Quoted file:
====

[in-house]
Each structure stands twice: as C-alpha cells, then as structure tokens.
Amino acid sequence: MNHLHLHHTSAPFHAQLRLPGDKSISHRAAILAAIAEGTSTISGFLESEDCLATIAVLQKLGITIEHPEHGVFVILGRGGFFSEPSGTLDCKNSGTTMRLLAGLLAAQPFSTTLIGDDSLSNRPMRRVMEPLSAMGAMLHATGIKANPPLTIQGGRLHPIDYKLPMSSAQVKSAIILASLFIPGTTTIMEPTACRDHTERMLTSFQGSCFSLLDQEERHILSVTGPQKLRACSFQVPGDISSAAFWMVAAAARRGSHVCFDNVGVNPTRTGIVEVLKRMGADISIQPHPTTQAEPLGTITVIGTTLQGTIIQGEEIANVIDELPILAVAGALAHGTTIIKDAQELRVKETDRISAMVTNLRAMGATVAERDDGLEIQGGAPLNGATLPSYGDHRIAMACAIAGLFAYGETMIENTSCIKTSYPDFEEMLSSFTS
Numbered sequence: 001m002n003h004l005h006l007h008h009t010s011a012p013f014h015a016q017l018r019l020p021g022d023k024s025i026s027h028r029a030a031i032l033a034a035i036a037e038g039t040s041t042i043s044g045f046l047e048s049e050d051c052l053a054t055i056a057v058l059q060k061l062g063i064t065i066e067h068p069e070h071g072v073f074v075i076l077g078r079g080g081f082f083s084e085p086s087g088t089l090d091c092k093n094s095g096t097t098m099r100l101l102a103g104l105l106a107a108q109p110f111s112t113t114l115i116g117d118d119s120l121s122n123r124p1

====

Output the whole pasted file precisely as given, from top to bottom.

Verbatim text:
[in-house]
Each structure stands twice: as C-alpha cells, then as structure tokens.
Amino acid sequence: MNHLHLHHTSAPFHAQLRLPGDKSISHRAAILAAIAEGTSTISGFLESEDCLATIAVLQKLGITIEHPEHGVFVILGRGGFFSEPSGTLDCKNSGTTMRLLAGLLAAQPFSTTLIGDDSLSNRPMRRVMEPLSAMGAMLHATGIKANPPLTIQGGRLHPIDYKLPMSSAQVKSAIILASLFIPGTTTIMEPTACRDHTERMLTSFQGSCFSLLDQEERHILSVTGPQKLRACSFQVPGDISSAAFWMVAAAARRGSHVCFDNVGVNPTRTGIVEVLKRMGADISIQPHPTTQAEPLGTITVIGTTLQGTIIQGEEIANVIDELPILAVAGALAHGTTIIKDAQELRVKETDRISAMVTNLRAMGATVAERDDGLEIQGGAPLNGATLPSYGDHRIAMACAIAGLFAYGETMIENTSCIKTSYPDFEEMLSSFTS
Numbered sequence: 001m002n003h004l005h006l007h008h009t010s011a012p013f014h015a016q017l018r019l020p021g022d023k024s025i026s027h028r029a030a031i032l033a034a035i036a037e038g039t040s041t042i043s044g045f046l047e048s049e050d051c052l053a054t055i056a057v058l059q060k061l062g063i064t065i066e067h068p069e070h071g072v073f074v075i076l077g078r079g080g081f082f083s084e085p086s087g088t089l090d091c092k093n094s095g096t097t098m099r100l101l102a103g104l105l106a107a108q109p110f111s112t113t114l115i116g117d118d119s120l121s122n123r124p1